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(The Austin Bulldog)

On May 12th the City's Ethics Review Commission spent nearly two hours discussing a complaint against Mayor Pro Tem Natasha Harper-Madison lodged by Olivia Overturf. Commission members tuned in remotely for the meeting.

The complaint was ultimately dismissed.

But the substance of the discussion was eclipsed, in hindsight, by the fact that Commission Member Debra Danburg made faces at her computer camera that could only be described as bizarre, as seen in the photo montage published here.

Read the full story at The Austin Bulldog.

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While cities and counties are limited by state law to 3.5 percent revenue increases and school districts are limited to 2.5 percent increases (unless a disaster has been declared), the appraisal district is planning for massive spending increases.

The agency's 2021 budget was the same as its 2020 budget: $20,193,893. But the proposed 2022 budget unveiled at yesterday's Budget Work Session weighed in at just a hair under $25 million—$24,986,951 to be exact.

The TCAD board advised staff to do what it could to either reduce or delay increased spending as much as possible before coming back to its June 8 meeting with a full-blown draft budget for further consideration.

Read the full story at The Austin Bulldog.

In Austin the idea of using taxpayer money to assist in funding election campaigns of mayoral and City Council candidates may seem novel. But the practice of using public funds to reduce the influence of wealthy candidates and big donors has been around for a long time.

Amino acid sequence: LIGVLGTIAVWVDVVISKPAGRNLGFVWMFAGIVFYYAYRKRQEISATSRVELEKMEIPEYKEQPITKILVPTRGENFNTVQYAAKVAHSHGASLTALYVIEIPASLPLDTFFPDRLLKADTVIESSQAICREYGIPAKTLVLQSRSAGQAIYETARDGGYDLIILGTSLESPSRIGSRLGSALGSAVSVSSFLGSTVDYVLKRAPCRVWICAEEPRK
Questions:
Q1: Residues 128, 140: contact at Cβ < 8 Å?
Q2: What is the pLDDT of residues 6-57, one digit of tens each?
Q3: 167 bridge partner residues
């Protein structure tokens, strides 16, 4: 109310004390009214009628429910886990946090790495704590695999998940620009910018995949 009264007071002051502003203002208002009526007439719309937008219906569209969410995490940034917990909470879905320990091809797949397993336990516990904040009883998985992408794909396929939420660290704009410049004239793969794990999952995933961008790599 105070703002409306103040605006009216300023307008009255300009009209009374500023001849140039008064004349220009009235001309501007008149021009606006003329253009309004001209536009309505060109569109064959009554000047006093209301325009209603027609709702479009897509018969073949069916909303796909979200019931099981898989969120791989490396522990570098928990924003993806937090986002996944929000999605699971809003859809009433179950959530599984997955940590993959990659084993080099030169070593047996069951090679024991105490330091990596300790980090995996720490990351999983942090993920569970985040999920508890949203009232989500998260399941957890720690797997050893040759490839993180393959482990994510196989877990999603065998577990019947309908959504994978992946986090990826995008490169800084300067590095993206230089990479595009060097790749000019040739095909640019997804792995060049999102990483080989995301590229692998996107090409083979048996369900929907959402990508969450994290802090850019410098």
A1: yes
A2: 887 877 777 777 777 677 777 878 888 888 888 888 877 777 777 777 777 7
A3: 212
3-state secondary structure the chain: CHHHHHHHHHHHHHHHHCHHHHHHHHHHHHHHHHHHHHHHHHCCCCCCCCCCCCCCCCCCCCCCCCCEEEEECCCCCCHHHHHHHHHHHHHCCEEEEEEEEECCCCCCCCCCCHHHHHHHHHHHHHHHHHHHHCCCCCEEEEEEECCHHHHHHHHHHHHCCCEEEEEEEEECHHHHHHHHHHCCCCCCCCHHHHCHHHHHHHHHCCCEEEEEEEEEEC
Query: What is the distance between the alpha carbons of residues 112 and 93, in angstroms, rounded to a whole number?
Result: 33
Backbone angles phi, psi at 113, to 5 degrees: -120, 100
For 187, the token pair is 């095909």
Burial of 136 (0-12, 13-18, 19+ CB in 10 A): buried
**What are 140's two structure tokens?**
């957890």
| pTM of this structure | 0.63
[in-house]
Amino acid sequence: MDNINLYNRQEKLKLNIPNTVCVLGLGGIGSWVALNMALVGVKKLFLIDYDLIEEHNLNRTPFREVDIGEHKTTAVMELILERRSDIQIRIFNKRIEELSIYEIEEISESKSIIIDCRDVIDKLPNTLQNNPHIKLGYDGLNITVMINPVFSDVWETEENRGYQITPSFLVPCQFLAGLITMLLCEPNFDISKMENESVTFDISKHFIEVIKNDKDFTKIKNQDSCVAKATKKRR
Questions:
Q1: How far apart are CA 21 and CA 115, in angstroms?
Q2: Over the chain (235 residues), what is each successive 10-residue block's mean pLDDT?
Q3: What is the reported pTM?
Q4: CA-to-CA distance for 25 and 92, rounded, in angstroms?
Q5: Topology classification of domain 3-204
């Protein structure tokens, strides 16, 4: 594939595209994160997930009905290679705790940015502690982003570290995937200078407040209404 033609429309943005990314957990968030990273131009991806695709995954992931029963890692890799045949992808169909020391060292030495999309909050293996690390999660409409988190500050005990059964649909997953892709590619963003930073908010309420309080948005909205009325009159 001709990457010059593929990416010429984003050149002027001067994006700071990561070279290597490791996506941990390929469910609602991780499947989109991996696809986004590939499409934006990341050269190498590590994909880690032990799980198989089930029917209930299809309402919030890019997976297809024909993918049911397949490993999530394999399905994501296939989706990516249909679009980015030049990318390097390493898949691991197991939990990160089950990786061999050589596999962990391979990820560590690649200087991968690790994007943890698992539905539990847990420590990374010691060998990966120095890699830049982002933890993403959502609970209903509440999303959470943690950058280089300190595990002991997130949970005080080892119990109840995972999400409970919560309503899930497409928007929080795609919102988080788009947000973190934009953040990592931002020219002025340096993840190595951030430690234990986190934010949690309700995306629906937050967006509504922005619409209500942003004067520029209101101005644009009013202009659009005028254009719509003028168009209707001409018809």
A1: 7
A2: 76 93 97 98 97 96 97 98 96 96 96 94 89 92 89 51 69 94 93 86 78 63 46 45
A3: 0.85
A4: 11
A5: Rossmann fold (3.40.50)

Seventeen states have adopted various forms of publicly funded elections, though some to those have been repealed due either to U.S. Supreme Court decisions, legislative action, or voter referendums, according to Wikipedia. Now on May 1st it is Austin's turn to decide whether to allocate a relatively small amount of money taken from the general fund to boost campaign funding of qualified candidates.

Read the full story on The Austin Bulldog.

Thomas King, a new chair for the Travis Appraisal Review Board, or ARB was appointed 6:30pm Wednesday by District Judge Lora Livingston, who also serves as Travis County's administrative judge. King took over the job just in time to address the board at its Thursday meeting.

And just in time to organize and lead the ARB through what's expected to involve the largest number of protests ever, for several reasons. Residential properties were not reappraised in 2019. Plus, Austin's housing market has such low inventory for sale that bidding wars have broken out. That's a double whammy that promises to cause home valuations to jump significantly. Hotels, restaurants and other businesses dependent on tourism have been hammered by the pandemic, promising a sharp increase in protests from those property owners.

That's good news... Read the full report at The Austin Bulldog.